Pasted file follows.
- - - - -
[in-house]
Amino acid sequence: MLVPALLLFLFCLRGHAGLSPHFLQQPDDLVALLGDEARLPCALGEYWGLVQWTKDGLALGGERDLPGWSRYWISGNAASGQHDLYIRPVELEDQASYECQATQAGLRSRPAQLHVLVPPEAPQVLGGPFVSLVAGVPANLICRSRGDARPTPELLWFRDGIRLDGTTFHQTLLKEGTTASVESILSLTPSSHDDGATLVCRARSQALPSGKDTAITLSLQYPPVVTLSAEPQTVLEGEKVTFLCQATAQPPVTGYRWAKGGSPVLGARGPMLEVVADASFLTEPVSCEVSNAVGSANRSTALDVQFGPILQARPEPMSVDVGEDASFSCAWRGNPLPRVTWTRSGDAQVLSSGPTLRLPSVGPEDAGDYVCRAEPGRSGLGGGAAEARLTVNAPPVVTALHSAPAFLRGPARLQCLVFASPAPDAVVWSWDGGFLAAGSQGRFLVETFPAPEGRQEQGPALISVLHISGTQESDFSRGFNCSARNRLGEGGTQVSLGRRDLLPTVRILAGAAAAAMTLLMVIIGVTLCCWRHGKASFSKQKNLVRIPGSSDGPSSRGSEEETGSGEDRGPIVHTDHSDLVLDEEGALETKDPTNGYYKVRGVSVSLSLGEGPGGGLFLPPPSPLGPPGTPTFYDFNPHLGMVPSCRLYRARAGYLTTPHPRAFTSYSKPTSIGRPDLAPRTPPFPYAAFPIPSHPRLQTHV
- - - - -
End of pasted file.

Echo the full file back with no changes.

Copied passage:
[in-house]
Amino acid sequence: MLVPALLLFLFCLRGHAGLSPHFLQQPDDLVALLGDEARLPCALGEYWGLVQWTKDGLALGGERDLPGWSRYWISGNAASGQHDLYIRPVELEDQASYECQATQAGLRSRPAQLHVLVPPEAPQVLGGPFVSLVAGVPANLICRSRGDARPTPELLWFRDGIRLDGTTFHQTLLKEGTTASVESILSLTPSSHDDGATLVCRARSQALPSGKDTAITLSLQYPPVVTLSAEPQTVLEGEKVTFLCQATAQPPVTGYRWAKGGSPVLGARGPMLEVVADASFLTEPVSCEVSNAVGSANRSTALDVQFGPILQARPEPMSVDVGEDASFSCAWRGNPLPRVTWTRSGDAQVLSSGPTLRLPSVGPEDAGDYVCRAEPGRSGLGGGAAEARLTVNAPPVVTALHSAPAFLRGPARLQCLVFASPAPDAVVWSWDGGFLAAGSQGRFLVETFPAPEGRQEQGPALISVLHISGTQESDFSRGFNCSARNRLGEGGTQVSLGRRDLLPTVRILAGAAAAAMTLLMVIIGVTLCCWRHGKASFSKQKNLVRIPGSSDGPSSRGSEEETGSGEDRGPIVHTDHSDLVLDEEGALETKDPTNGYYKVRGVSVSLSLGEGPGGGLFLPPPSPLGPPGTPTFYDFNPHLGMVPSCRLYRARAGYLTTPHPRAFTSYSKPTSIGRPDLAPRTPPFPYAAFPIPSHPRLQTHV